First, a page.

Lines can be curved or straight. Circles can be wobbly or stiff. Triangles can be all of the above. Jewelry can be based on the artistic view of line as rendered in an architectural manner, and the final effect of creating jewelry can be architectural in its effect. Architectural might be an apt description for jewelry made by Donna D'Aquino. Made from wire and sometimes dipped in plastic, each piece vibrates with layers and texture.
This piece is called Wire Bracelet #14
Her work seems rather straightforward in concept, yet multi-layered and complex in execution. As Donna states on her website,
"This body of work is based on line and the act of drawing. I use wire in place of charcoal or pencil to create three-dimensional drawings for the body and wall. The work is inspired by interior and exterior architectural structures such as bridges and telephone towers. "
Here we see her assortment of Chains
We find it intriguing to be asked to think beyond the ordinary usage of jewelry as adornment. Donna says it well on her website,
"It is important to me that an object function both on and off the body. These pieces when not being worn are meant to hang on the wall by a single nail as a drawing floating in space."
This is called Wire Bracelet #59
These are called Thin Line Earrings
Layers and textures. . . as far as the eye can see. Circles, rectangles, triangles; numerous architectural variations on a theme. There is a sense of solidarity in her work. While each piece is consistent in design and flavor with the previous piece, it is the sense of delight one experiences when viewing the next piece in the series that inspires one to envision not only wearing each piece but also to enjoy its artistic merit while viewed on one's wall.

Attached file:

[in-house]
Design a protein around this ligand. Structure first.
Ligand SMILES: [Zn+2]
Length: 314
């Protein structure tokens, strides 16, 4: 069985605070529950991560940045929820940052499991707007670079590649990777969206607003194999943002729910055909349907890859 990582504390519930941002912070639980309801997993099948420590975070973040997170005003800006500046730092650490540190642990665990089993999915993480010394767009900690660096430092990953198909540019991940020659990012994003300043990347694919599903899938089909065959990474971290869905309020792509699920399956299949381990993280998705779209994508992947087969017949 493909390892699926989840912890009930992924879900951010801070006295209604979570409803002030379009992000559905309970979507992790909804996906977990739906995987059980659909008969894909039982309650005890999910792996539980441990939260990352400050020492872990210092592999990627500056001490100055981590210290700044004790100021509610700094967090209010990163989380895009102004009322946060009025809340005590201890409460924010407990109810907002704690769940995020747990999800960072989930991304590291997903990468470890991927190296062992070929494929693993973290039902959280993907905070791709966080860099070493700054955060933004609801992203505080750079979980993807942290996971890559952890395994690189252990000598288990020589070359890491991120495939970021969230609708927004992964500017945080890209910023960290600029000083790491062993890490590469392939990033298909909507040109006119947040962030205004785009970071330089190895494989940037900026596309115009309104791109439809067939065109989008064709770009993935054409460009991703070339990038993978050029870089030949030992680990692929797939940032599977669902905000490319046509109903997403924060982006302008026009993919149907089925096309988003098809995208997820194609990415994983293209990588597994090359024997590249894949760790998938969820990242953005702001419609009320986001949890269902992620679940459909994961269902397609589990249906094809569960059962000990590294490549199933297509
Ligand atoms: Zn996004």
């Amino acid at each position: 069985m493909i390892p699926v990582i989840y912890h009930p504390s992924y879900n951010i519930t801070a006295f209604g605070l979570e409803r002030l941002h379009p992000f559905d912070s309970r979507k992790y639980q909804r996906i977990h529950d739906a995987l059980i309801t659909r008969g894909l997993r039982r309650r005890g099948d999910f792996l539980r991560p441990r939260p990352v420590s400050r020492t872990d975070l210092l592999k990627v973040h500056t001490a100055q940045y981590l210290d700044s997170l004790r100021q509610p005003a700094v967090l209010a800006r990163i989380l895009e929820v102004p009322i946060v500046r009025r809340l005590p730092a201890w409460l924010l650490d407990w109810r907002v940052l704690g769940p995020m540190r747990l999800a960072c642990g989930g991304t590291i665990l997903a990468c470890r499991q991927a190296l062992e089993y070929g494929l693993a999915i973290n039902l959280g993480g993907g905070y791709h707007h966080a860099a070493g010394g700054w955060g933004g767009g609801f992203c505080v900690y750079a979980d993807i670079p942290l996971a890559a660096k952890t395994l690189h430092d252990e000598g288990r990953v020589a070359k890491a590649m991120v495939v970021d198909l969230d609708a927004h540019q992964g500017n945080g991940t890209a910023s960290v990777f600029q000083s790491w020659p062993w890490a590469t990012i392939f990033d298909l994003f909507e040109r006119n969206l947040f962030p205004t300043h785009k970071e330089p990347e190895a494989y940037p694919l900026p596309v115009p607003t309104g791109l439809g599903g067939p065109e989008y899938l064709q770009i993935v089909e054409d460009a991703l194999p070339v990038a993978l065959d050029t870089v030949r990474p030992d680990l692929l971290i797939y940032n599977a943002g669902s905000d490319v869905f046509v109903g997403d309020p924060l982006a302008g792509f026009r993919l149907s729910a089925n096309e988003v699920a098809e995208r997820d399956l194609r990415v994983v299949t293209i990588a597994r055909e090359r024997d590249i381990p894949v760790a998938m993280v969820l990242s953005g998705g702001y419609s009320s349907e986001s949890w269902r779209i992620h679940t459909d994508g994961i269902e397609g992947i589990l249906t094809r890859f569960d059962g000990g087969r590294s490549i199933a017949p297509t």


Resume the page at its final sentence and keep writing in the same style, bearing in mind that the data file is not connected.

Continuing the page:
Here is an amusing brooch. And yes, it would be fun, not to mention mesmerizing to view this piece hanging on the wall to be admired as art.
Brooch 4N Steel/18kt
We are intrigued by the layering of lines and the architectural structures she creates by these layerings. So much of Donna's work reminds us of decisive, insistent line drawings rendered in three dimensions. Here is our favorite piece, called Wire Neckpiece 42L.
Here we have an artist who is so clearly inspired by line, drawing, and architectural shapes.
What do you find inspiring?
How do you decide what to focus on and what to ignore?
How is your artistic world view shaped?
Tell us what you think. We always invite comments.